Although Nyxem is comparatively less spread then worms like Sober or Netsky, it's still doing a fair number of rounds.
The graph below is from one of the e-mail gateways with a decent number of e-mails processed daily (around 500.000+). You can see that Nyxem.E is the top malware instance detected in last 24 hours, with more than double the occurences then the next highest occuring worm (Netsky).
This is not strange as the Web counter that the worm visits upon infecting the machine currently shows around 630,000 infections (we can't be sure that this number is correct). Bert Rapp e-mailed us asking about the URL that the worm visits. This can help you in determining if a machine is infected, as it will visit the URL with the counter.
The counter is at:
h tt p:// webstats.web.rcn.net/ [REMOVED] / Count.cgi?df=765247
You can search your web logs for this host name (which looks as a legitimate site).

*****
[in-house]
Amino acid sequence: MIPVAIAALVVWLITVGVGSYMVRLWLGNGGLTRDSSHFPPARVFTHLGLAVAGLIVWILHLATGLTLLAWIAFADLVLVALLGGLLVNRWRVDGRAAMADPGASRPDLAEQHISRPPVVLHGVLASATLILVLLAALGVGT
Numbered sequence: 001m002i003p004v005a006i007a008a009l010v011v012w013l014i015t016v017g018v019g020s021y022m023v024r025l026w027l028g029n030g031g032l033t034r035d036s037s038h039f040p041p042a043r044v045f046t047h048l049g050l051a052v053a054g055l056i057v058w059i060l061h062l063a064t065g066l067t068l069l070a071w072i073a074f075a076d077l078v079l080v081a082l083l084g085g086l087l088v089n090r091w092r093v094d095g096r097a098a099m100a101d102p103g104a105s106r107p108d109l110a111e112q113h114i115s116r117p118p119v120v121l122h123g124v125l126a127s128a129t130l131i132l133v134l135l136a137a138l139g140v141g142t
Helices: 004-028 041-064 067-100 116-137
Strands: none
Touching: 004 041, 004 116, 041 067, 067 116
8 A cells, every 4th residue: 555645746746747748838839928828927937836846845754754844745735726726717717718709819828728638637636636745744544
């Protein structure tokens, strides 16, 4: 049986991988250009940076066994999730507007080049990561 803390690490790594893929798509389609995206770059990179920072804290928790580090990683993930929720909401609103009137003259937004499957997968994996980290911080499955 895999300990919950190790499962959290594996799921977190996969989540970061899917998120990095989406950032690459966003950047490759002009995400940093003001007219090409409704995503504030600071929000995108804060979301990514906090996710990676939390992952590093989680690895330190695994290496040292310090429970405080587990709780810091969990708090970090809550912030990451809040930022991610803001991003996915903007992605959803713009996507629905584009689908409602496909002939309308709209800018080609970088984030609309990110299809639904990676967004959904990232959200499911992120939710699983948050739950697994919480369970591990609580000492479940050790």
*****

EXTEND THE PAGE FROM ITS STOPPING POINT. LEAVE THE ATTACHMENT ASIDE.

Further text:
Other than that, Fortinet released their in-depth analysis of the Nyxem worm with some pretty interesting details (you can find the original analysis here).
The most interesting part, which I haven't seen in other analysis of the worm says:
"Additional Registry Changes
- The virus is coded to register the dropped ActiveX control through changes to the system registry. By creating the following registry entries, the control is considered "safe" and digitally signed."
The threat of worms like this will make them much more dangerous in the future. If a worm puts a fake CA certificate on an infected machine, MITM attacks become extremely easy. Of course, we all know that once the machine is infected you can't trust it, but this looks like another (big) problem for the average user out there.
I will be teaching next: Web App Penetration Testing and Ethical Hacking - SANS Baltimore Fall: Virtual Edition 2021